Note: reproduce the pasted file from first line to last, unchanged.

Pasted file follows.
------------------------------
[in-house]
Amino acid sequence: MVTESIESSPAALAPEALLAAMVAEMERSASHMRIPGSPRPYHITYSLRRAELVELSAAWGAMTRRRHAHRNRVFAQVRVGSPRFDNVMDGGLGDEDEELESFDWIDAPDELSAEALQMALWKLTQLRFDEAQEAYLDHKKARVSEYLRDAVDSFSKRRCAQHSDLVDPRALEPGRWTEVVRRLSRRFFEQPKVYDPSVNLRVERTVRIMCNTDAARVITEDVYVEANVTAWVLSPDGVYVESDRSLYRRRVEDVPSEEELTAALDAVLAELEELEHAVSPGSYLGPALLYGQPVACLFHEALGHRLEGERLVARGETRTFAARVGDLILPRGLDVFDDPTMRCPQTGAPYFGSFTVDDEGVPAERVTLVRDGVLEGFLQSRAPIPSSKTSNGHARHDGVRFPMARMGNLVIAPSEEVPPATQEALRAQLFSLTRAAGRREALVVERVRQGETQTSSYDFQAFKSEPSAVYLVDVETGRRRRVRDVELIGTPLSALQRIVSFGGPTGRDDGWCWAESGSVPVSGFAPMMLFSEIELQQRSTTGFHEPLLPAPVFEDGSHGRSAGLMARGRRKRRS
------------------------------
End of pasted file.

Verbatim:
[in-house]
Amino acid sequence: MVTESIESSPAALAPEALLAAMVAEMERSASHMRIPGSPRPYHITYSLRRAELVELSAAWGAMTRRRHAHRNRVFAQVRVGSPRFDNVMDGGLGDEDEELESFDWIDAPDELSAEALQMALWKLTQLRFDEAQEAYLDHKKARVSEYLRDAVDSFSKRRCAQHSDLVDPRALEPGRWTEVVRRLSRRFFEQPKVYDPSVNLRVERTVRIMCNTDAARVITEDVYVEANVTAWVLSPDGVYVESDRSLYRRRVEDVPSEEELTAALDAVLAELEELEHAVSPGSYLGPALLYGQPVACLFHEALGHRLEGERLVARGETRTFAARVGDLILPRGLDVFDDPTMRCPQTGAPYFGSFTVDDEGVPAERVTLVRDGVLEGFLQSRAPIPSSKTSNGHARHDGVRFPMARMGNLVIAPSEEVPPATQEALRAQLFSLTRAAGRREALVVERVRQGETQTSSYDFQAFKSEPSAVYLVDVETGRRRRVRDVELIGTPLSALQRIVSFGGPTGRDDGWCWAESGSVPVSGFAPMMLFSEIELQQRSTTGFHEPLLPAPVFEDGSHGRSAGLMARGRRKRRS